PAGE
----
come down for some hot water for a belated bath. Madame, who had gone to town, had not yet returned. And I was chattering in the kitchen with Marianne, when Monsieur, cordial, joyous, unreserved, and noisy, brought in father Pantois. He immediately had him served with bread, cheese, and cider. And then he began to talk with him.
The good man excited my pity, so worn, thin, and dirtily clad was he. His pantaloons were in rags; his cap was a mass of filth. And his open shirt revealed a part of his bare breast, chapped, crimped, seasoned like old leather. He ate greedily.
"Well, father Pantois," cried Monsieur, rubbing his hands, "that goes better, eh?"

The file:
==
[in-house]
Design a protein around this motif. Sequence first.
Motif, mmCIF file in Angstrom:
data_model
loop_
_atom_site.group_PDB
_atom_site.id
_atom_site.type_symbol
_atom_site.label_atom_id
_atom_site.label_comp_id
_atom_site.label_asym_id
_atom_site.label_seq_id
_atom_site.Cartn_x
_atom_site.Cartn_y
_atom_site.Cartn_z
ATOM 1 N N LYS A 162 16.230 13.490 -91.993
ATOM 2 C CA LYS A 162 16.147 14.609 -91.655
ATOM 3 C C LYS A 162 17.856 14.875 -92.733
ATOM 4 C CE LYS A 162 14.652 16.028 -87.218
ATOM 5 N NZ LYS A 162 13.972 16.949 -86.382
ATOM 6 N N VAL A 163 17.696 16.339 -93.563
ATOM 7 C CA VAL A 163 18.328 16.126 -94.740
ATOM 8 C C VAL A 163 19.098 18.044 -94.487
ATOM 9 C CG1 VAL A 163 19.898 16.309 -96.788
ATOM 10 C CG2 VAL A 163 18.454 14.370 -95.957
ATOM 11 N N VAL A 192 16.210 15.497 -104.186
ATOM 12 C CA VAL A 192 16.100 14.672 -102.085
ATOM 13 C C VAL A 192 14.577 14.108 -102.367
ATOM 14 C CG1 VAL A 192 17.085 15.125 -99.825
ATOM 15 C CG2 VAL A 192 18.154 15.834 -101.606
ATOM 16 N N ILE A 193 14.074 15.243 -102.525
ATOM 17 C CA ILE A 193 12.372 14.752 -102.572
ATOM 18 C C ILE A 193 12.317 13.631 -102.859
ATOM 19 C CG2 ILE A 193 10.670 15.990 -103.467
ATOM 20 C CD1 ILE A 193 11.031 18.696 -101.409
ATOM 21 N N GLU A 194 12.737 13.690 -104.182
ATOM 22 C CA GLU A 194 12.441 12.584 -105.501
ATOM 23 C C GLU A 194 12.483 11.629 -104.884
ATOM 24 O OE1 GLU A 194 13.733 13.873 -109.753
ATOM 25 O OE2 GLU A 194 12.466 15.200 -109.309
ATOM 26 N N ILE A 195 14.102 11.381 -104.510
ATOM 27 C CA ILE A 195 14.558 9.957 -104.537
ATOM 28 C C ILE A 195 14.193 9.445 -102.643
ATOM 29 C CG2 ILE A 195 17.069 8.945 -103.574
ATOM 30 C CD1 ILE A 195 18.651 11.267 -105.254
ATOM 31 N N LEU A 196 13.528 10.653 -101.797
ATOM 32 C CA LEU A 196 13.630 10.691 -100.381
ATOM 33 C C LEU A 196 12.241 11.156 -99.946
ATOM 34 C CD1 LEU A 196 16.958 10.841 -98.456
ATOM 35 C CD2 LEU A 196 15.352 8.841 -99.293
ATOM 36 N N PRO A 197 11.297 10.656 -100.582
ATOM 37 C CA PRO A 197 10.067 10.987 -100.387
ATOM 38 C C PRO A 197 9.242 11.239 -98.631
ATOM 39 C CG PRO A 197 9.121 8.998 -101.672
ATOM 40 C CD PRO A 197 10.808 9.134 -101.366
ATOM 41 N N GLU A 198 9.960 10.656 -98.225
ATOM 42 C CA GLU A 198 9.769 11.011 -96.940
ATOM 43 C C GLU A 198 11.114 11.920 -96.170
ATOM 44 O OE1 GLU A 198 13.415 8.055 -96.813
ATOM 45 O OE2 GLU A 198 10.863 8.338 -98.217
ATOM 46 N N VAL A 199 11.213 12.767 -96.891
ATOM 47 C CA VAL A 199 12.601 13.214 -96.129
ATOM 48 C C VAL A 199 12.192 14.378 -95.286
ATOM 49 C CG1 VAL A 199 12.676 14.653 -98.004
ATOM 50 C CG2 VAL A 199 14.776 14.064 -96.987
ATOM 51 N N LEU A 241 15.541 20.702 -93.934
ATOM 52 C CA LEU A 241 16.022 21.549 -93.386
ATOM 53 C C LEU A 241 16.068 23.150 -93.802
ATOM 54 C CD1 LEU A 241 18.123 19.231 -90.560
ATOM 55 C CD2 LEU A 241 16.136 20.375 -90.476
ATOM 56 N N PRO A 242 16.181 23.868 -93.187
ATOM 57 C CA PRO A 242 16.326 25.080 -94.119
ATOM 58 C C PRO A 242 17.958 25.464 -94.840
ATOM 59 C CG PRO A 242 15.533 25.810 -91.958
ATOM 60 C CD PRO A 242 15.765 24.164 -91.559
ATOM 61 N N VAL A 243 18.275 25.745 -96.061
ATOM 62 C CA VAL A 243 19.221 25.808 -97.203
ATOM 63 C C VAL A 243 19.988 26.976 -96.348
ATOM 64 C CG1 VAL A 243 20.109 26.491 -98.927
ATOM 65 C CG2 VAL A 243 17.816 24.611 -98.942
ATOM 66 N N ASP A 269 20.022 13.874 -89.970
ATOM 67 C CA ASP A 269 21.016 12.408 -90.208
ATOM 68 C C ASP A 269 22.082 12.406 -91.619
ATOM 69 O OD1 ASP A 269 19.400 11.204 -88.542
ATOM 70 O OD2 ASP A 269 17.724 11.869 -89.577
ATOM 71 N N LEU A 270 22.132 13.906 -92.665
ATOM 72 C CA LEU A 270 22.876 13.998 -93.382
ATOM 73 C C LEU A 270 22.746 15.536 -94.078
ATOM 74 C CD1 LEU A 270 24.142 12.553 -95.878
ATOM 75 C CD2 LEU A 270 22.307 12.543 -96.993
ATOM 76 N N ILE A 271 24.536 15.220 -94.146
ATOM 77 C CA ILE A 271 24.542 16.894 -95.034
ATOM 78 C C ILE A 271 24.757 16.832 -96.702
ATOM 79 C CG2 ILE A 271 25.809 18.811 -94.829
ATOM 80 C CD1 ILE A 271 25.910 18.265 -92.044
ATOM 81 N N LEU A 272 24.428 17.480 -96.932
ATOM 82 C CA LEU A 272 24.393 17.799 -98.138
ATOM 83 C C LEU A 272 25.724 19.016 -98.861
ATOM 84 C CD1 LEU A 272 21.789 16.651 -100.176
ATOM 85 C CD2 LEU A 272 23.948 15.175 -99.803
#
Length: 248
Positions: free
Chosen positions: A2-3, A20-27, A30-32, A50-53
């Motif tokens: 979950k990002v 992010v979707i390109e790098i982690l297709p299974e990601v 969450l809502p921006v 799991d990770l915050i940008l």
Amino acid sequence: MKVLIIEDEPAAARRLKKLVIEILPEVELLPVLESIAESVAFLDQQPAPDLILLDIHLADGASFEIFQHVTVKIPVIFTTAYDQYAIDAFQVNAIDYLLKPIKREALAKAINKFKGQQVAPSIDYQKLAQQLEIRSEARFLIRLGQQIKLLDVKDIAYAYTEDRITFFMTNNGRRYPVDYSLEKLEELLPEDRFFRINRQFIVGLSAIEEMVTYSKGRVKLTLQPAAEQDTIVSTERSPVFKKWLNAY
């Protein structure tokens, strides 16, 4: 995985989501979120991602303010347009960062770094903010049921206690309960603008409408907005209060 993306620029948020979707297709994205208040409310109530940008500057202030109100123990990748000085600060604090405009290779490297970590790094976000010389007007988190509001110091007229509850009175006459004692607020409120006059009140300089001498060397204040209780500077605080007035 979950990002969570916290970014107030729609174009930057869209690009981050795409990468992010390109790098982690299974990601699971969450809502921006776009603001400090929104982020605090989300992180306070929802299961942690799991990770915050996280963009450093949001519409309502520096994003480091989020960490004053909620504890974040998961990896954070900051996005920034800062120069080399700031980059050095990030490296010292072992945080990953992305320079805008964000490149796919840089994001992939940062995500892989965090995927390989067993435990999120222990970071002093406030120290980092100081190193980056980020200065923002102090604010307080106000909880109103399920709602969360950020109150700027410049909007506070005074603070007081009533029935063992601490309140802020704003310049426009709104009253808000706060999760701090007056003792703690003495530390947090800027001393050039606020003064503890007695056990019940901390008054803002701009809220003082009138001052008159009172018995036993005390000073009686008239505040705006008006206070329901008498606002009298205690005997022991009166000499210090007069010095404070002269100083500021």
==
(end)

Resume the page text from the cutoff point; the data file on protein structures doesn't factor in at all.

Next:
The old man, with his mouth full, thanked him.
"You are very good. Monsieur Lanlaire. Because, you see, since this morning, at four o'clock, when I left home, I have put nothing in my stomach,—nothing at all."
"Well, eat away, father Pantois. Regale yourself, while you are about it."
"You are very good. Monsieur Lanlaire. Pray excuse me."
The old man cut off enormous pieces of bread, which he was a long time in chewing, for he had no teeth left. When he was partially satisfied, Monsieur asked him: